The New Jersey Rail Road, chartered in March 1832, opened seven miles of line between the Hudson waterfront and Newark on September 15, 1834.
The company gradually extended its road, opening the route to Elizabeth in 1835 and Rahway the following year. Its early trains relied on horses for their motive power, but the railroad received its first steam locomotive, the Newark, in 1835 from Baldwin.
The Newark first operated on Dec. 2, 1835.
An Experimental Test
In March 1835, the railroad tested a new locomotive, quite possibly Avery’s Rotary Steam Locomotive. However, the results for the experimental engine were apparently disappointing, reports from the era reveal.
It apparently “broke down a few miles from the Newark Bridge, forcing the passengers to complete their journey by foot.”
“Mr. Avery is unfortunate in the road on which he makes his first trial,” the American Railroad Journal reported at the time. “A straight and smooth road is necessary in order to attain a high velocity; but the Newark road, unfinished as it is, and in some places more or less affected by frost, with one or two very short curves, will not admit of the speed which this engine is capable of (attaining).”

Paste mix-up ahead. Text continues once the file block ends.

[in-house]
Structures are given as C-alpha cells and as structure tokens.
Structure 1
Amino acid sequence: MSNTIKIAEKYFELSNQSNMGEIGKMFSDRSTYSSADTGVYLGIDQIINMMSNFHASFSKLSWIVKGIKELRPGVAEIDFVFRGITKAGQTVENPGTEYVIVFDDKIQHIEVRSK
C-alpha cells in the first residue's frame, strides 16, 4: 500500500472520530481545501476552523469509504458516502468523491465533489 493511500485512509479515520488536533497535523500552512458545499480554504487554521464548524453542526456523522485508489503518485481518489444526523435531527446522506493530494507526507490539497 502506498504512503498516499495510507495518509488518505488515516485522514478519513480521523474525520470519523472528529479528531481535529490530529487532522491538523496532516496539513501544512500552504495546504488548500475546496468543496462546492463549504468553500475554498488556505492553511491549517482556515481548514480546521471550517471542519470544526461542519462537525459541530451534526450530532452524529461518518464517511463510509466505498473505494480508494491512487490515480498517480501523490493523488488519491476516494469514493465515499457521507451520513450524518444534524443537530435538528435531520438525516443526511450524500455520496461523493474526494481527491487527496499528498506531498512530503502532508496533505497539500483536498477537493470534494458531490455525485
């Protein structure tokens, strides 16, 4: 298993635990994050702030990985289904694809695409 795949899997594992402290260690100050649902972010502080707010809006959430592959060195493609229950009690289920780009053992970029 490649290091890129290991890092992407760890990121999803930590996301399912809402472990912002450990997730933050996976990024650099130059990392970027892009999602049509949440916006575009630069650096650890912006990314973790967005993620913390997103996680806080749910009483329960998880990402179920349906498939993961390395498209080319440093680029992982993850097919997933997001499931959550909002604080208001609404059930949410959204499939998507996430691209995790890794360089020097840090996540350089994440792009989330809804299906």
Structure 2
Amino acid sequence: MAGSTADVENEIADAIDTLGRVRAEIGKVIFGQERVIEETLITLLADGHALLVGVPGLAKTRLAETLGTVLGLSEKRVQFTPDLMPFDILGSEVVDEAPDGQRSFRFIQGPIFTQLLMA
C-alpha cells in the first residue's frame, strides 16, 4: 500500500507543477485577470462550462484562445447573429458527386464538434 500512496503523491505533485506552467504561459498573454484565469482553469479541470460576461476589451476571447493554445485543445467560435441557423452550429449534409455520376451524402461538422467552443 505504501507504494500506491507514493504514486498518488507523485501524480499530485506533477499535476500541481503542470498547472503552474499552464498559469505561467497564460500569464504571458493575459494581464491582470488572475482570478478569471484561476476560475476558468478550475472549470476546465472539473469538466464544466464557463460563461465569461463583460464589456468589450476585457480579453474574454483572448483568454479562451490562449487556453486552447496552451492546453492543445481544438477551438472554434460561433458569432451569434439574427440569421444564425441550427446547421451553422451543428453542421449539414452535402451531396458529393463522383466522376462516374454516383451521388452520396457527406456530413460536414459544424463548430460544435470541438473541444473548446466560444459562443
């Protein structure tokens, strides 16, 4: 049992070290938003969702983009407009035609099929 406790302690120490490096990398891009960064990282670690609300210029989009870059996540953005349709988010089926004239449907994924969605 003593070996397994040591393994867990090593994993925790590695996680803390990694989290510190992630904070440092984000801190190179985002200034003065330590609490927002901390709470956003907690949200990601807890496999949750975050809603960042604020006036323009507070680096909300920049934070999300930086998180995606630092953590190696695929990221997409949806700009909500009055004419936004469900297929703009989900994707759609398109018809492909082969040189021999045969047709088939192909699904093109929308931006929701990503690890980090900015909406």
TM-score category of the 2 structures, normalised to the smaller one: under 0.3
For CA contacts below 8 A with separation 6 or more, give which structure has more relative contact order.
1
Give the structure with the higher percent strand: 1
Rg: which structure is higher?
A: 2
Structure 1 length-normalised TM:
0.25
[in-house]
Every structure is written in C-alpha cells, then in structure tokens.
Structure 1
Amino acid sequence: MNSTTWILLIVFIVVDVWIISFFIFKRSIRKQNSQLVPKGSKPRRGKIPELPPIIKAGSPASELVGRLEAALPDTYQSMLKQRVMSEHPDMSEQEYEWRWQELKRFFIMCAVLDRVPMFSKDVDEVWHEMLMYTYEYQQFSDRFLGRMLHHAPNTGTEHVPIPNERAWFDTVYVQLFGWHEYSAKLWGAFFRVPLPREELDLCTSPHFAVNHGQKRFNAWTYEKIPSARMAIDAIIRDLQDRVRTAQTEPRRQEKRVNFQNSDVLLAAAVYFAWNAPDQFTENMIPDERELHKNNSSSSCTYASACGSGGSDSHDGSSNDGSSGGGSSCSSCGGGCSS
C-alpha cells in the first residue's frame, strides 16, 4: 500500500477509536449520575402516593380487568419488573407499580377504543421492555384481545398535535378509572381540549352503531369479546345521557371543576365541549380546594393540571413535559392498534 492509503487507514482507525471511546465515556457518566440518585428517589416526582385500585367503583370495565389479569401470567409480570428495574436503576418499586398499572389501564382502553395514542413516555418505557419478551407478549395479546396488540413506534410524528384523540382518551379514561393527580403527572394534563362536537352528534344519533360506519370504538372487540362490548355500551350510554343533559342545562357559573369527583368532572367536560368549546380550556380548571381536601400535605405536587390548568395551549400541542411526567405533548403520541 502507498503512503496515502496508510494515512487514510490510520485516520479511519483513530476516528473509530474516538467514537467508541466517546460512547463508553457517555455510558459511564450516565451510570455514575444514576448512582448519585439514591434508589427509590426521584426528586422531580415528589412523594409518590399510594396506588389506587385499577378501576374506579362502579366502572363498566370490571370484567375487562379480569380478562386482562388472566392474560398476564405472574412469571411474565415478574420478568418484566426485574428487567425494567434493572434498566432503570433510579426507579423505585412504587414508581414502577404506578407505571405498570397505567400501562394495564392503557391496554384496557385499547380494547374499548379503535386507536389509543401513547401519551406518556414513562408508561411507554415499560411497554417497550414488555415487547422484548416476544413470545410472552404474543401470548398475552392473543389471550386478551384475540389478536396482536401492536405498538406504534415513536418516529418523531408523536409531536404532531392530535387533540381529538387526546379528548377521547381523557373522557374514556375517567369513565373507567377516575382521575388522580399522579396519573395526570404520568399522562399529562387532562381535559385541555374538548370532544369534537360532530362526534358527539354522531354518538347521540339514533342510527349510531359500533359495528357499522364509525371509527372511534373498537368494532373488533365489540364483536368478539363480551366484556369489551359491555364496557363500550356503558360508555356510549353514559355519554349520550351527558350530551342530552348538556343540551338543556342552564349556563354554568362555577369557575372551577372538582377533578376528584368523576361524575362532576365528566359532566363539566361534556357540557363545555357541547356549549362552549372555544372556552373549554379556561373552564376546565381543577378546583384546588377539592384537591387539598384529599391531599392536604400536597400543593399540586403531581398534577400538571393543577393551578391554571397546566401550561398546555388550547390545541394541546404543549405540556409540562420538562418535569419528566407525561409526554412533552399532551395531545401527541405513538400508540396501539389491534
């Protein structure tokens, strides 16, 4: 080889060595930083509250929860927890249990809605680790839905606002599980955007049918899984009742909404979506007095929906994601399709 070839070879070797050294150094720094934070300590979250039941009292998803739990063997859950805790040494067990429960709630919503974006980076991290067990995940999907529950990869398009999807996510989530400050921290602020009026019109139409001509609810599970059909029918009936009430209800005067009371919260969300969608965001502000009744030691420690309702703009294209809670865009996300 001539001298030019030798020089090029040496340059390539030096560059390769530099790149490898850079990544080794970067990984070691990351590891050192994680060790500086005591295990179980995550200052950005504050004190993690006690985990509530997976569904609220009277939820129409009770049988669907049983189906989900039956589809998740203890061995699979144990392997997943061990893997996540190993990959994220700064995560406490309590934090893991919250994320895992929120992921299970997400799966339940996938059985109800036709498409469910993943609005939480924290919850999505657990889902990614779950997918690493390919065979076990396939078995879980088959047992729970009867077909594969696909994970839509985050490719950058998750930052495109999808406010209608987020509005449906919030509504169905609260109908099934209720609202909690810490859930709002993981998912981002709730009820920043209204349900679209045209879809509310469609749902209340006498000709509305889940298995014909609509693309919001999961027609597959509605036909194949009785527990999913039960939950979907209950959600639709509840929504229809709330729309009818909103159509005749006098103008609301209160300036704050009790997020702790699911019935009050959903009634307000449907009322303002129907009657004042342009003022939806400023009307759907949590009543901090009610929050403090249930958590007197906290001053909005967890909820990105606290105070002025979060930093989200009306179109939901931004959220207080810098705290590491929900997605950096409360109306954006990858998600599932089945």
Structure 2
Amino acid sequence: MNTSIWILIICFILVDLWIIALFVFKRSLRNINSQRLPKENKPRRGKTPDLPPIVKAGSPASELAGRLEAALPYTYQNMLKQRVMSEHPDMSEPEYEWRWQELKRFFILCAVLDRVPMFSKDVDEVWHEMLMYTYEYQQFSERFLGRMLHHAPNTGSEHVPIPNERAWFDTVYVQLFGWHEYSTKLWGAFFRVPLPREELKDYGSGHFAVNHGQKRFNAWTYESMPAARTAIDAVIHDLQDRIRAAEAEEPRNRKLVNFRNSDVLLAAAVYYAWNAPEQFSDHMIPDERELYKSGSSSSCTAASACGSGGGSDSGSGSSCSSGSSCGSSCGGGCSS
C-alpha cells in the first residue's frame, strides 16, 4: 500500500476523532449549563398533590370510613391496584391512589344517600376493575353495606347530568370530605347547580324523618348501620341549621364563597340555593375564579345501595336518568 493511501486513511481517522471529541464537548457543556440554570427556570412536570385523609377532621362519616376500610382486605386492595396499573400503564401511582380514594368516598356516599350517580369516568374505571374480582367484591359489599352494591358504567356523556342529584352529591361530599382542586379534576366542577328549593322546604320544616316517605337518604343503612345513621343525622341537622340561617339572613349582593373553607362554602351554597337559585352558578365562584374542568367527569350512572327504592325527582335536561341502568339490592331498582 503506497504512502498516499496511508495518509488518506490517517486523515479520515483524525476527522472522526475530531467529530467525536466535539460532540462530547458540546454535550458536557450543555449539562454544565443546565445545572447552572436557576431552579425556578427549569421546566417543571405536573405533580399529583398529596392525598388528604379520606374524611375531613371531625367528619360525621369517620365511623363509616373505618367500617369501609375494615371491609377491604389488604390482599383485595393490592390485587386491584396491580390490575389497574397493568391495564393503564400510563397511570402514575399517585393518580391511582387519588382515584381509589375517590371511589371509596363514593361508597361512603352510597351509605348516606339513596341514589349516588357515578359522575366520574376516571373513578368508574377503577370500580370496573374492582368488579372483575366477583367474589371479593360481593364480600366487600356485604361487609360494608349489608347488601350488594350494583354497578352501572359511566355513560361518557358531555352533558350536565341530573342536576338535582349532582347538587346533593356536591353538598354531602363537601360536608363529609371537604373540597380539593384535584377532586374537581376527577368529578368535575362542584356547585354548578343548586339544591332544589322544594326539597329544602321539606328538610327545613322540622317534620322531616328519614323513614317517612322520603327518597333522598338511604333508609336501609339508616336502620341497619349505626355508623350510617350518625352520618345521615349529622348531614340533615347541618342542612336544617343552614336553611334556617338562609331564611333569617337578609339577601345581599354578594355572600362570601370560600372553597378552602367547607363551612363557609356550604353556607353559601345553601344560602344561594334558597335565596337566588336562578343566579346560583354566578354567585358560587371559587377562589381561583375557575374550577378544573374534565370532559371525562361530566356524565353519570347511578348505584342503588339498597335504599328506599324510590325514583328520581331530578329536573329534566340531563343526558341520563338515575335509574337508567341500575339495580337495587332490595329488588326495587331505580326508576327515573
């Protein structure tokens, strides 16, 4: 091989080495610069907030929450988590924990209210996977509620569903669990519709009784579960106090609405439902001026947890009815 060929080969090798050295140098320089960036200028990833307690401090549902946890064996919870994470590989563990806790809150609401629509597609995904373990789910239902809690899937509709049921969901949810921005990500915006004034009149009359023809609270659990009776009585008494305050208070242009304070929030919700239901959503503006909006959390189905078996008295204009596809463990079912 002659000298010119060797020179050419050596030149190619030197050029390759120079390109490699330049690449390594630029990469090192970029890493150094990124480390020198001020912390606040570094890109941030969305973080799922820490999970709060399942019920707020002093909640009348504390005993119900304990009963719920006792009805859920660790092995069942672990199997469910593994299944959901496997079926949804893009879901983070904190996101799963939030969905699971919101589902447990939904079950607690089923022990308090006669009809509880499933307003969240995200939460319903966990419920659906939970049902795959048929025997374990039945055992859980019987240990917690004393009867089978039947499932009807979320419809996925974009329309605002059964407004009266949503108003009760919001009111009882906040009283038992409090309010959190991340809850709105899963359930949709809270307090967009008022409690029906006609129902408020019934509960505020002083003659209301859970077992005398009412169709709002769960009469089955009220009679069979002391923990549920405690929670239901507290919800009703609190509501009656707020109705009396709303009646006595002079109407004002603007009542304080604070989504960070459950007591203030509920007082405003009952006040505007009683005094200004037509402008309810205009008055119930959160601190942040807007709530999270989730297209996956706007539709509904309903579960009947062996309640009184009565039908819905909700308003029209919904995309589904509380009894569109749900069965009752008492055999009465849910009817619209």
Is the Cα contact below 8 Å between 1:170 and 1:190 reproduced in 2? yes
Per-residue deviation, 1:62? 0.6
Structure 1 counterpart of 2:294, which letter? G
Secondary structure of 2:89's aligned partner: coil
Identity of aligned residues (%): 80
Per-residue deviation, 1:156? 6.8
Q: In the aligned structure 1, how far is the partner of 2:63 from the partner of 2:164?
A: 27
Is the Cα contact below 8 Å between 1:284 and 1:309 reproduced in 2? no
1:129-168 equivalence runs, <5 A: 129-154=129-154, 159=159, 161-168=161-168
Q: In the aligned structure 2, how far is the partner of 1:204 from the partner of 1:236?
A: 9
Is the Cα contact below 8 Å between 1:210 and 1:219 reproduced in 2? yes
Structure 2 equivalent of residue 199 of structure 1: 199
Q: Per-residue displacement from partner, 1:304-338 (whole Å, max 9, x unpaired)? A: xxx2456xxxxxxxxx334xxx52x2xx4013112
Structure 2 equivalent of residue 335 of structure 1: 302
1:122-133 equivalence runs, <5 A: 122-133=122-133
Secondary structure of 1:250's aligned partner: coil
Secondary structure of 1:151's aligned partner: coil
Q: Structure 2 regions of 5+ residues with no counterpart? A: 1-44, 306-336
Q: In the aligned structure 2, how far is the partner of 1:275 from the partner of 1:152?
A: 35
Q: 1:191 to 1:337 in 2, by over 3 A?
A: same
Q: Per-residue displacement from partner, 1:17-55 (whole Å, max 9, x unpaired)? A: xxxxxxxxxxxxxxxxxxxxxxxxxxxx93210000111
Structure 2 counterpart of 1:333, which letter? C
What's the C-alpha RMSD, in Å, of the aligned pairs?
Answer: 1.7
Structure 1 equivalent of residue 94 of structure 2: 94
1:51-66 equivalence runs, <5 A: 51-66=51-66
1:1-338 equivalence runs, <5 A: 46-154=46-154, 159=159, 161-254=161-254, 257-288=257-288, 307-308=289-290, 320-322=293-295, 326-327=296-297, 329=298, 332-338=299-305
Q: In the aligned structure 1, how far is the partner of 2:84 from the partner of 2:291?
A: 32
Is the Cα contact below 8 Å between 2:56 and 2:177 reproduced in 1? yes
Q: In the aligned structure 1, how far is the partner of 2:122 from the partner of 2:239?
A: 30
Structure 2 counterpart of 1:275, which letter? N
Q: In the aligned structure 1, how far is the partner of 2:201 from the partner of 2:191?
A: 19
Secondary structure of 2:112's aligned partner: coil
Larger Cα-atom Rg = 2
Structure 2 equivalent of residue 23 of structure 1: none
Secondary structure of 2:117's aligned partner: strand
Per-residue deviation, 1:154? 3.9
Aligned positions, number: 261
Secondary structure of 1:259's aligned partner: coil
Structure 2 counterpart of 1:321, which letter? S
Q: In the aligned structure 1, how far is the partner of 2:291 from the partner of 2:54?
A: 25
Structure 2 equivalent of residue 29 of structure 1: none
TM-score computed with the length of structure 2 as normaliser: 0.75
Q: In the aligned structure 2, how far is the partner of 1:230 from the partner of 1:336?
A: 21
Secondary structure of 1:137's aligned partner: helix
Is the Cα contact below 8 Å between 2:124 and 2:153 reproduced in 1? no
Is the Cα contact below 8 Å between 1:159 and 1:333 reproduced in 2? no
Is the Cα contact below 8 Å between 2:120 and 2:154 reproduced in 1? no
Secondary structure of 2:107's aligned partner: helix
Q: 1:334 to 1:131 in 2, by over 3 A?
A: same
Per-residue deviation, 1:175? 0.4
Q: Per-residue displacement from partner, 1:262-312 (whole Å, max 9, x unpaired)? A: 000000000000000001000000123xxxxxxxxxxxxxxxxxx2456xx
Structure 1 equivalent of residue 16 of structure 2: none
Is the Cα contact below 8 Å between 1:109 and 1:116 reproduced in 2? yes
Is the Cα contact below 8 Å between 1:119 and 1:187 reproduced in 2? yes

Railroad officials apparently responded by telling travelers it would limit the locomotive to freight duty.
By April 1835, the railroad carried an estimated 11,000 passengers between Newark and New York (Jersey City), the Monmouth Democrat reported at the time.
In December 1835, the railroad welcomed the locomotive Newark. The Baldwin-built 4-2-0 first operated in December 1837. Two similar Baldwin locomotives — the New Jersey and the New Brunswick — followed in 1836.
However, most accounts indicate the railroad continued to use horse-drawn trains — at least in a limited capacity — between Jersey City and Newark until at least 1837, but maybe 1838, when the Bergen Cut, one of the line’s major engineering feats, opened. In order to start running trains, the railroad installed a temporary track around the cut.
“Several years were employed in construction before the work could be made available, though in our case, having no other competition than the stages on the old turnpikes and the steamboats by their circuitous route, we were enabled several years before the completion of our Road, by the use of horse power over Bergen Hill, to make our Road partially productive,” the New Jersey Rail Road and Transportation Company said in its 1853 report.